The sound of the pouring rain and the coolness of the surroundings at three o’clock in the morning of October 4, 2015 made it cozier to curl up in bed under a warm blanket and sleep soundly. But that was our wake time for a hike at Mt. Binacayan in Rodruguez, Rizal. We decided to push through, with our rain gears and waterproofed things, despite the discouraging weather. Fortunately, the rain stopped after an hour.
Mt. Binacayan, with an altitude of about 425 meters above sea level, is one of the mountains included in Pentology challenge (all members of a group should finish climbing the five mountains in a day) at Barangays San Rafael and Mascap areas. It was actually the first time that I heard of Mt. Binacayan when I was invited for the hike.
The first part of the trek was a short, inclined cemented road (which I did not like), then a combination of muddy and rocky path going up. The rest was negotiation with sharp and rough-textured rocks that I believed were once part of a coral reef. A few elongated, spiral, white shells were found along the trail. It was a good thing that I was able to bring a pair of garden gloves so I could hold on to the sharp rocks with almost no discomfort and without getting wounded. It is recommended to bring a head lamp even for a day hike if you should start when it will still be dark (6 a.m. or earlier).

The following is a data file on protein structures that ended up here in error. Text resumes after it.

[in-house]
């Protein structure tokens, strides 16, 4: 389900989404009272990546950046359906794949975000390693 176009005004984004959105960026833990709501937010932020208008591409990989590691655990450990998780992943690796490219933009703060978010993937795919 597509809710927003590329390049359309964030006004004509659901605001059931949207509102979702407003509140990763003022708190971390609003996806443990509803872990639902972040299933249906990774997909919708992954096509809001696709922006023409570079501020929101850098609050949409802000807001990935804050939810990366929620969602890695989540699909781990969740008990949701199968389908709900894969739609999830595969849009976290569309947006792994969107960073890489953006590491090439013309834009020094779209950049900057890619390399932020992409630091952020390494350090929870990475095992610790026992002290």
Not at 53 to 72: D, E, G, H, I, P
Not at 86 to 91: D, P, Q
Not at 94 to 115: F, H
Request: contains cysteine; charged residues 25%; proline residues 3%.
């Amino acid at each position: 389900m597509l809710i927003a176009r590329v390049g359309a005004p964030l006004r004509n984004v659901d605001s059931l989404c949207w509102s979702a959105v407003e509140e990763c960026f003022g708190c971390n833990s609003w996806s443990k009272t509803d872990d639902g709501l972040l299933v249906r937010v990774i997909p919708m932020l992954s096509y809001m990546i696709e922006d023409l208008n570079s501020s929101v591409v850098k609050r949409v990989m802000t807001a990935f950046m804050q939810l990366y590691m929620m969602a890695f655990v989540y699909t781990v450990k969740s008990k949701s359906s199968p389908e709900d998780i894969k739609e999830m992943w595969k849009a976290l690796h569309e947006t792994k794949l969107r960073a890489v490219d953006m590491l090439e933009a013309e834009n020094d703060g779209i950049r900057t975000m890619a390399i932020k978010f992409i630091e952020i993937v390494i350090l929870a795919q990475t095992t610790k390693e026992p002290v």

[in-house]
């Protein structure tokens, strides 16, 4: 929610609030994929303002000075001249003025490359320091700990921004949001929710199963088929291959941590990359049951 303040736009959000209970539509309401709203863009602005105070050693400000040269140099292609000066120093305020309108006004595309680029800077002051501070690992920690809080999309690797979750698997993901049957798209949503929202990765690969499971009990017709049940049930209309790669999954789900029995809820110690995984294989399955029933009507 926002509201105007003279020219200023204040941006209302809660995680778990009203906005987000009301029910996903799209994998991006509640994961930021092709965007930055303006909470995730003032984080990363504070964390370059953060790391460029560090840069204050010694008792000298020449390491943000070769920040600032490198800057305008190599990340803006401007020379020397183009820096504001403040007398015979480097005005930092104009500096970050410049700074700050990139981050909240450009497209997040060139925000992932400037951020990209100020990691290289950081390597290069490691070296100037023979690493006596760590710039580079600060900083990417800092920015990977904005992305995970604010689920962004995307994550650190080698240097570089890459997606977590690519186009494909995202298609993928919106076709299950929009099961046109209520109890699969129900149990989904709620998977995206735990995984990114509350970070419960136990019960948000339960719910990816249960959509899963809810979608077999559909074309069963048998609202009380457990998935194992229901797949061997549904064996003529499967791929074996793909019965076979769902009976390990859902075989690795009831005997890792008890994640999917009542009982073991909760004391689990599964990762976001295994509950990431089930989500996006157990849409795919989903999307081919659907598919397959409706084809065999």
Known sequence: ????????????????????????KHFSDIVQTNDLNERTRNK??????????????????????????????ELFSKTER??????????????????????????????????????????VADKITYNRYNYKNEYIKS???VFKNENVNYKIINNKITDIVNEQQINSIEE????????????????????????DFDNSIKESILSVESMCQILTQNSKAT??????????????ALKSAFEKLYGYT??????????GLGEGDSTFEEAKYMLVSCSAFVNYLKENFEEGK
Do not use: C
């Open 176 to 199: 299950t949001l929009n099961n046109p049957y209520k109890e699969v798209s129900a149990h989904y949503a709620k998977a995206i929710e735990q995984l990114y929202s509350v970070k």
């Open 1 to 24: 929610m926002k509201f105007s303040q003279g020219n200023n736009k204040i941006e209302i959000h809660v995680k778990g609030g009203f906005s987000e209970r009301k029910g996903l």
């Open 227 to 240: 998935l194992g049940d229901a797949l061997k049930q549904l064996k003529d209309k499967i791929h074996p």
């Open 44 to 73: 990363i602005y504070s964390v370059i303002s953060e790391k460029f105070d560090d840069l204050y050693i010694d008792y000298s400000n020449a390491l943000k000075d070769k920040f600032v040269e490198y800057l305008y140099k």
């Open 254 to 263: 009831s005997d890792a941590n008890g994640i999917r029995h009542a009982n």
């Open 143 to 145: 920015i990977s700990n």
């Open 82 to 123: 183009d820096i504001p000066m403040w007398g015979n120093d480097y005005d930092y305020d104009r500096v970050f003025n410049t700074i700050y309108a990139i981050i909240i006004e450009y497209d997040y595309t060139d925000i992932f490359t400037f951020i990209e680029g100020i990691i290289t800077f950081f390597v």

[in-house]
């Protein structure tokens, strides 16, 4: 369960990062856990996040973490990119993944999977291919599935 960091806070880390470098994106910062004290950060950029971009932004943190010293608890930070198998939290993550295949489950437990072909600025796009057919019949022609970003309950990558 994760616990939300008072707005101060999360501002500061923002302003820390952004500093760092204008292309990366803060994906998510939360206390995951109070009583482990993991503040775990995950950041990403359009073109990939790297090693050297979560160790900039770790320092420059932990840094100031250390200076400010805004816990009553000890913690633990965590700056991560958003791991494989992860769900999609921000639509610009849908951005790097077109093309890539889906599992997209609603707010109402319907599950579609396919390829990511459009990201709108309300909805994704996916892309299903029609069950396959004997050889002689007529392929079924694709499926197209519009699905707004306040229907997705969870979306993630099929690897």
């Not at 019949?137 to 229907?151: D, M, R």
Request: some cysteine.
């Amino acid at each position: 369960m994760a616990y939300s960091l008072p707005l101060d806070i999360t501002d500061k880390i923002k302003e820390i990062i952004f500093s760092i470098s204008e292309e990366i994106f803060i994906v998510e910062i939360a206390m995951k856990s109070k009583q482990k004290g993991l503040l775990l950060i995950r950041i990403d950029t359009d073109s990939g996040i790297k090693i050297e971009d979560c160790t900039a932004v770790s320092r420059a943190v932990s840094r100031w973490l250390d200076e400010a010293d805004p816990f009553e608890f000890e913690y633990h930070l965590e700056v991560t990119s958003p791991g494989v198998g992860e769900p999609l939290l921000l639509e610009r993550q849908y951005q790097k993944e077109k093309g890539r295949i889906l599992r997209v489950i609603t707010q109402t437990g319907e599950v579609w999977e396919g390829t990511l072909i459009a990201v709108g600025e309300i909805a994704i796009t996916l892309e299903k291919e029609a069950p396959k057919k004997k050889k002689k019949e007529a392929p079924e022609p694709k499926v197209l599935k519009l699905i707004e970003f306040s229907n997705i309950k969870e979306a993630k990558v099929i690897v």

We expected to see some sea of clouds along the trail and especially at the summit since it rained and thus the clouds would be low. We were not disappointed. The views were breathtaking. Extra care was necessary in finding great spots for photo ops.
The rain before dawn left the ground and the rocks wet and slippery. I may have just not expected the challenge that Mt. Binacayan trail would give me. But after we have passed most of the difficult portions in going down, I was covered with sweat and was shaky tired. I thought at the moment that it was the most challenging hike I had ever done so far.
We were done at around 11:30 a.m. and so we headed to a small waterfalls past Wawa dam and a river that had to be crossed via a long and narrow wooden boat. Our guide prepared for us lunch: eat-all-you-can rice and savory Tinolang Manok. We spent the rest of the day at a cottage beside the waterfalls sharing stories, laughing our hearts out, eating, swimming. What a wonderful day spent!
Special thanks to Junar Serilo and Gary Octaviano for the beautiful photos.